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New Wisconsin Car Insurance Law Benefits Drivers

January 7, 2010


The New Year is already looking up for Wisconsin drivers! By January 1, 2010, all of the provisions of the Truth in Auto Insurance law will be in effect -- holding auto insurance providers accountable once again.

In 1995 the Wisconsin insurance industry had successfully initiated unprecedented legislative protections for insurance companies; insulating themselves from many legitimate claims and allowing them to advertise a given policy, collect premiums for stated coverage, declare the policy limits on the first page of the policy, but then strip away many of the stated benefits in the fine print that followed.

The "Truth in Auto Insurance" statute returns Wisconsin law to a standard that requires insurance companies to play it straight with consumers and provide the coverage they bargained for. It also brings Wisconsin auto insurance law into the mainstream of American culture, by requiring that all drivers be insured and that the amount of their coverage be reasonable. Under the old law, propagated by the insurance industry, responsible drivers were left with little recourse if they were injured by an uninsured driver. Responsible drivers had to insure themselves for not only the damage that they might cause to others, but also for damages that the uninsured may cause to them. This statute is a victory for honesty and responsibility.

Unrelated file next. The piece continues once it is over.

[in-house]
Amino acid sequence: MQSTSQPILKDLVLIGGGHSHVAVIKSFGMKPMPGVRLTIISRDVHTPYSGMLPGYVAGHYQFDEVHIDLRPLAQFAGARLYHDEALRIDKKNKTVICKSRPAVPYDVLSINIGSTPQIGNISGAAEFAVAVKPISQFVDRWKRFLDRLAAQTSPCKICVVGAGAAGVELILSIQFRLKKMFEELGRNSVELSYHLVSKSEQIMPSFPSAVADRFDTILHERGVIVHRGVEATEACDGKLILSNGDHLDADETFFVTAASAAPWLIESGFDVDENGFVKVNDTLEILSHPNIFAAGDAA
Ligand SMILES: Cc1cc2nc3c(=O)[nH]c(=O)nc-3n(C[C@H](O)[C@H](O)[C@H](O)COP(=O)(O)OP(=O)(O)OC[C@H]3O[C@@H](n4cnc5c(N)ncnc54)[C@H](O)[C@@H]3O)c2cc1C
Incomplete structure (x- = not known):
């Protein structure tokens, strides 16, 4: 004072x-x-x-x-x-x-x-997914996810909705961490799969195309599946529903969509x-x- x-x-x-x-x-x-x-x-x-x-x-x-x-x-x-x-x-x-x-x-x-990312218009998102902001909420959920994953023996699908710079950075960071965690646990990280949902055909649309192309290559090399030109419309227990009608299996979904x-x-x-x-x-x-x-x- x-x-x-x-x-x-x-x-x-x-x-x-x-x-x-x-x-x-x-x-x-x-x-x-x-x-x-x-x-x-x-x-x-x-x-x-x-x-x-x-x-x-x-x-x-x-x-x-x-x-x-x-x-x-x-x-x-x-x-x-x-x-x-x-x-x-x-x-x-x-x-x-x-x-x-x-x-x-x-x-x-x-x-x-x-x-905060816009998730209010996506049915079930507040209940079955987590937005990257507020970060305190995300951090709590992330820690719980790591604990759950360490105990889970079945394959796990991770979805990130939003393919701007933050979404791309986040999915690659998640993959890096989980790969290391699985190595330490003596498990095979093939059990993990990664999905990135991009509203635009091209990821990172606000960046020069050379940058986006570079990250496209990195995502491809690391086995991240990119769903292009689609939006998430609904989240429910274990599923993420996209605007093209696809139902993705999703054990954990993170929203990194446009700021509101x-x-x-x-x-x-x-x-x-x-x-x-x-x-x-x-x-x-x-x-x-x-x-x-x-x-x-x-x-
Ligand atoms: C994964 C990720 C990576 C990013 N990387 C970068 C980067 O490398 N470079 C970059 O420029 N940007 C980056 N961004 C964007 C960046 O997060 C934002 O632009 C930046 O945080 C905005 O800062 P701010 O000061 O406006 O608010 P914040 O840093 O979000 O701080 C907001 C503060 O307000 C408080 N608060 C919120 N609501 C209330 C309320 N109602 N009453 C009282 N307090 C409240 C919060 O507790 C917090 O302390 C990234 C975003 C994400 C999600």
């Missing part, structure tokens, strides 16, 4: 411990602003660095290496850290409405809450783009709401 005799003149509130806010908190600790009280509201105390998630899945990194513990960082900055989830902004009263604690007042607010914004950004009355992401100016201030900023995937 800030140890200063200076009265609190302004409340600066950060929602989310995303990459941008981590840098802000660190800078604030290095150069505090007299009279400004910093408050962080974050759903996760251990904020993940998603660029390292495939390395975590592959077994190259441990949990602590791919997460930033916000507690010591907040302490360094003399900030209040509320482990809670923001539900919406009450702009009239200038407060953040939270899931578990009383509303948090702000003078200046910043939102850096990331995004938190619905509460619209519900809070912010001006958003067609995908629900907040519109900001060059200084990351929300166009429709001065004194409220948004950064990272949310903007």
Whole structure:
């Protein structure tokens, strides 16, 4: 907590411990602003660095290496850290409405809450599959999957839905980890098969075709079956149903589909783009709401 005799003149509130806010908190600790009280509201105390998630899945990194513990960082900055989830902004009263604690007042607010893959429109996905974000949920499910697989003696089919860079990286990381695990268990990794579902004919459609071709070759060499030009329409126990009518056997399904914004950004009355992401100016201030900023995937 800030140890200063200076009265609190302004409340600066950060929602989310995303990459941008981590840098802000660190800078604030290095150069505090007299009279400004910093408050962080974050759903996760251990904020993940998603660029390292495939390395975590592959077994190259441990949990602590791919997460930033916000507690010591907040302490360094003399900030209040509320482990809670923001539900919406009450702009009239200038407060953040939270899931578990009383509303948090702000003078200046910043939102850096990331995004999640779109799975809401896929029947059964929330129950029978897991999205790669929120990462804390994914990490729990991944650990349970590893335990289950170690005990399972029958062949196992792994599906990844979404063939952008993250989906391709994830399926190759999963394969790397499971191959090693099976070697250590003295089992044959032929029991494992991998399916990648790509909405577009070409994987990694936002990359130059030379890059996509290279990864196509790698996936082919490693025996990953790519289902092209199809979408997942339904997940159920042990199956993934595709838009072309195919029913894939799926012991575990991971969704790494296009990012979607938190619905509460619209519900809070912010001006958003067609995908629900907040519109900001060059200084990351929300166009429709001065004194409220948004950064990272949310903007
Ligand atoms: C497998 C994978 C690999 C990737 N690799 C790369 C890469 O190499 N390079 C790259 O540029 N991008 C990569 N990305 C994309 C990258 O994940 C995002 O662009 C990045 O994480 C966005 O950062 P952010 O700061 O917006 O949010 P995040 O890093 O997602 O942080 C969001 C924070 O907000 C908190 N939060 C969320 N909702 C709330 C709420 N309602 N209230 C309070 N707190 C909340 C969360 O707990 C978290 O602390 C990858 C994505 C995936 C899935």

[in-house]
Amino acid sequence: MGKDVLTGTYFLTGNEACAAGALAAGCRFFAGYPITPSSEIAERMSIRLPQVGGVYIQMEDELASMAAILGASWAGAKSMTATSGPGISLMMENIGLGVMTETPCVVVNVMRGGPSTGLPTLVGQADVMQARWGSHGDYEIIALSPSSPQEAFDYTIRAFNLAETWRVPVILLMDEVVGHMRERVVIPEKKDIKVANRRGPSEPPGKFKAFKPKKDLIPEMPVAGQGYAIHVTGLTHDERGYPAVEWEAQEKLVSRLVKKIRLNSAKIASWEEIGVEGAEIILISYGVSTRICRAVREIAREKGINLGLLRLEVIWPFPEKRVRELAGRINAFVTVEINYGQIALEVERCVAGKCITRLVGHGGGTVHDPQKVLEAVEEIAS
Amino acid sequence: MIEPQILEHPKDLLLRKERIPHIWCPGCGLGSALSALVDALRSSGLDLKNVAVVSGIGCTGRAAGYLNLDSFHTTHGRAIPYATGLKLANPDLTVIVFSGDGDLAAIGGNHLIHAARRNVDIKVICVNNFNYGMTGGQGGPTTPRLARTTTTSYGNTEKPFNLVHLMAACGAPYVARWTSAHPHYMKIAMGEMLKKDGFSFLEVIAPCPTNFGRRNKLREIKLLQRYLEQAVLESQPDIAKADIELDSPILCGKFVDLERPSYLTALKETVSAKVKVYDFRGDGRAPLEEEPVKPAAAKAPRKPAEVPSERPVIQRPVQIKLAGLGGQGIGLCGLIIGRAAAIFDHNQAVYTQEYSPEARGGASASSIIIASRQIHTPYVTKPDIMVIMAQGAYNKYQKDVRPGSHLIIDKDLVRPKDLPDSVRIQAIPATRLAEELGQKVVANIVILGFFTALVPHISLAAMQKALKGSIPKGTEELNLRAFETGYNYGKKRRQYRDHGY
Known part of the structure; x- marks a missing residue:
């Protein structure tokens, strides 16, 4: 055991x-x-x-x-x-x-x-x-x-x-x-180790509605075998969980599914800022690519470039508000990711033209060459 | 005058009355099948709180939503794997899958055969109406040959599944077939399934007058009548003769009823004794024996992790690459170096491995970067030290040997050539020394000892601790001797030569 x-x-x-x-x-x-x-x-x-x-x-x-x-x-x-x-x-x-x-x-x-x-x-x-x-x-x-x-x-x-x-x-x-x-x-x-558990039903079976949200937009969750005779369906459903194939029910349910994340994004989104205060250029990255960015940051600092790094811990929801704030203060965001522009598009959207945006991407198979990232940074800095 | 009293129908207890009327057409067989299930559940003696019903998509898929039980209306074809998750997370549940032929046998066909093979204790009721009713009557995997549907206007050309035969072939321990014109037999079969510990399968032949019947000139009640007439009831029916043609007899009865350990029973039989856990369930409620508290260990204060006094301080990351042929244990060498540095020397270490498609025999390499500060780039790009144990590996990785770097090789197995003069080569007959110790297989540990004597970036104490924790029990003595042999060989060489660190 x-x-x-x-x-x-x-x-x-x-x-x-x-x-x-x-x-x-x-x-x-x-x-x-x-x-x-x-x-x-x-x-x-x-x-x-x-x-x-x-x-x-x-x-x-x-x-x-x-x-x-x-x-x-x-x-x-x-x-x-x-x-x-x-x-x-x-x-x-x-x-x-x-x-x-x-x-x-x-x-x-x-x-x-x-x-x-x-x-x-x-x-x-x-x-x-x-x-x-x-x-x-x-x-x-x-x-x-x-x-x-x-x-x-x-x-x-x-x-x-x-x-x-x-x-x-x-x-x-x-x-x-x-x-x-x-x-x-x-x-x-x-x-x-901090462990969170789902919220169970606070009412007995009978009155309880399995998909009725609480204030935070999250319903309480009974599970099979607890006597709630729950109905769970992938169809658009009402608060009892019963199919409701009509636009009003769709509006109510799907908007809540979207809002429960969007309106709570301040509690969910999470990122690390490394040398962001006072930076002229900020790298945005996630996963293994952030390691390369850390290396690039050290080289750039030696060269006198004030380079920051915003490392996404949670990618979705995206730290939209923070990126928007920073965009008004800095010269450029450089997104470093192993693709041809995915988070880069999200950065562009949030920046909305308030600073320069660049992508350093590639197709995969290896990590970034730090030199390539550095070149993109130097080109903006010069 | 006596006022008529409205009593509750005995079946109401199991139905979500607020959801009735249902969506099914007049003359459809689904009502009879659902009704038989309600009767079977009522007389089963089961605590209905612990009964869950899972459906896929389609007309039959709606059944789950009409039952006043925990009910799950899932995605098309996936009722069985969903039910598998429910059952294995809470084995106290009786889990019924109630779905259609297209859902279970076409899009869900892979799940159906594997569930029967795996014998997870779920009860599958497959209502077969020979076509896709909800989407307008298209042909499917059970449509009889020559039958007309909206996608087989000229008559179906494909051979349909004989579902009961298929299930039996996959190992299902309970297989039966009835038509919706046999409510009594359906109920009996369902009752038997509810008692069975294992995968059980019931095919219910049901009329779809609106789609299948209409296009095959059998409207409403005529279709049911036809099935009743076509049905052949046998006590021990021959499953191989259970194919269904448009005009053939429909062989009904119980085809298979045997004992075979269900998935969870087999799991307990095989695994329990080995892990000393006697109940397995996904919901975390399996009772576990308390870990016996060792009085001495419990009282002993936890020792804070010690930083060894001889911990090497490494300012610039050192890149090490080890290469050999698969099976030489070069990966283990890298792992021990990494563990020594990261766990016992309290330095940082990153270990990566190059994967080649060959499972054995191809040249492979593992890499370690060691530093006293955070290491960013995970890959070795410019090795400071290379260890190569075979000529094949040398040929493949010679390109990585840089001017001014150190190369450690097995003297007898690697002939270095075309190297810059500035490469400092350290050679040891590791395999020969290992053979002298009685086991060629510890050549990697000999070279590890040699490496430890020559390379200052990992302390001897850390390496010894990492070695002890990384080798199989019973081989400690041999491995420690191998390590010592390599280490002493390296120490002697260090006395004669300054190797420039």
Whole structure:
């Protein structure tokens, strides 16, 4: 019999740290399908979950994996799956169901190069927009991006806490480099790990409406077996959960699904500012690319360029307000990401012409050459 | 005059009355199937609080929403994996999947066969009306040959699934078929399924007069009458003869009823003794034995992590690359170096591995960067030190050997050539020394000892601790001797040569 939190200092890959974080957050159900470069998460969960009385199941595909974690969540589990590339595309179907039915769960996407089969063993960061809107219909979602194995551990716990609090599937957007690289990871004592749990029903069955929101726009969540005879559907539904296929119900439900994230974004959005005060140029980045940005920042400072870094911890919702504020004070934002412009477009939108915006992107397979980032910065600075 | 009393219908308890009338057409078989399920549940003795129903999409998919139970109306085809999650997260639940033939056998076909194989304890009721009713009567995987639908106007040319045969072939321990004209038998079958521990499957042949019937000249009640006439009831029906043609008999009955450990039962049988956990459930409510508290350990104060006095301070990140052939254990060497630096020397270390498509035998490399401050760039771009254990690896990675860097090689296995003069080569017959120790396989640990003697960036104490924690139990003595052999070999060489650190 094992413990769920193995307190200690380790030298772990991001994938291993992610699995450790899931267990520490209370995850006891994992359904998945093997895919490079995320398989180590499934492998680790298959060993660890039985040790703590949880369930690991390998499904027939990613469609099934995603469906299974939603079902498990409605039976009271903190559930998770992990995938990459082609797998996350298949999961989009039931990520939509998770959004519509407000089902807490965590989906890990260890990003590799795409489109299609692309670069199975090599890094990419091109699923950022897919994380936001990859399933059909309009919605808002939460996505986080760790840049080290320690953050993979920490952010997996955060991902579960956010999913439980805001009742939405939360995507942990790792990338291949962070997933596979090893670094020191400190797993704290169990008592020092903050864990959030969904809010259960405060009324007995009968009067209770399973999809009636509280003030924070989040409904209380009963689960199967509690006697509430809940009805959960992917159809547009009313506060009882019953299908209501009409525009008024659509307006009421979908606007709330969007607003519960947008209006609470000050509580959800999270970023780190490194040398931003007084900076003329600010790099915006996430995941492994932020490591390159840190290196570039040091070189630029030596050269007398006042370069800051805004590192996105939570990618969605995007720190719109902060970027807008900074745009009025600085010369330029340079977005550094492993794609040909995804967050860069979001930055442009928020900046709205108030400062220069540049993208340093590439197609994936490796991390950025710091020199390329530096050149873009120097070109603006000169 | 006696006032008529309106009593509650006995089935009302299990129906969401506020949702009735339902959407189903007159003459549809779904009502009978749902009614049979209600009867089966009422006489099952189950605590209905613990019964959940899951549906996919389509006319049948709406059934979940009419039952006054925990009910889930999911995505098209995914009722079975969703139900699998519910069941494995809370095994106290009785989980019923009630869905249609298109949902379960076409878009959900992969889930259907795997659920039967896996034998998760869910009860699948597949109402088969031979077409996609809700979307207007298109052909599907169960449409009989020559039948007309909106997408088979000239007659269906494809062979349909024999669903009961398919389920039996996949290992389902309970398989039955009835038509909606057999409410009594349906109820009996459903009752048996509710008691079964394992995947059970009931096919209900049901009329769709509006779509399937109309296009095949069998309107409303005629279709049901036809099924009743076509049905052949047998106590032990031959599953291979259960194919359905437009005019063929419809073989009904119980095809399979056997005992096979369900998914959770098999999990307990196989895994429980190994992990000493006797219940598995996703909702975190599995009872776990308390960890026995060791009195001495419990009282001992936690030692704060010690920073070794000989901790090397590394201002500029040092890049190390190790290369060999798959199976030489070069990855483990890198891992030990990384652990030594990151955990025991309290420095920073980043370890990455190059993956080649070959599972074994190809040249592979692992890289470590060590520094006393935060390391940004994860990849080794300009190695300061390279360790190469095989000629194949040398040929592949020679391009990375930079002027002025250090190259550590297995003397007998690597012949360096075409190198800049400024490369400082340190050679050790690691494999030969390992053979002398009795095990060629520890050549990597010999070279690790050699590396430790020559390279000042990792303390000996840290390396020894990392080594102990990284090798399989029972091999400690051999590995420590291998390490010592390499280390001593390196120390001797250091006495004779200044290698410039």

Signed into law by Governor Jim Doyle in June 2009, the Truth in Auto Insurance law is seen by many as a huge step forward in protecting consumer interests. It introduces several major modifications to current insurance company practices, including:
-The minimum insurance liability coverage requirements for car accidents increase. The previous minimums, in place since 1982, were outdated and no longer reflected modern health care costs or damage repair expenses. Changes include a minimum of $50,000 for the injury or death of one person -- up from $25,000 -- and $15,000 for property damage -- up from $10,000.

-In almost all cases, minimum insurance coverage concerning uninsured (UM) and underinsured motorists (UIM) will rise to at least $100,000 per person and $300,000 per accident.

-Insurance companies will no longer be allowed to cleverly insert reducing clauses in the fine print of their policies to reduce or eliminate their exposure for losses they had collected premiums to cover. For example, say that you are paying for $100,000 in UM/UIM motorist coverage and your spouse is hit and seriously injured by an underinsured driver, whose liability insurance is only $50,000. In the past, even though you paid for $100,000 in additional protection, your insurance company might have inserted a "reducing clause" into your policy that permitted it to subtract the $50,000 collected from the underinsured driver from your underinsured motorist policy -- awarding your spouse only $50,000, less than the amount of coverage you thought you bargained for, even though her damages far exceeded that amount. Under the new law, if you're paying for it, and your damages are great enough, you're entitled to it. So, your spouse would receive both the $50,000 from the other driver's insurance and the full $100,000 from your own. That's a change that is just being honest.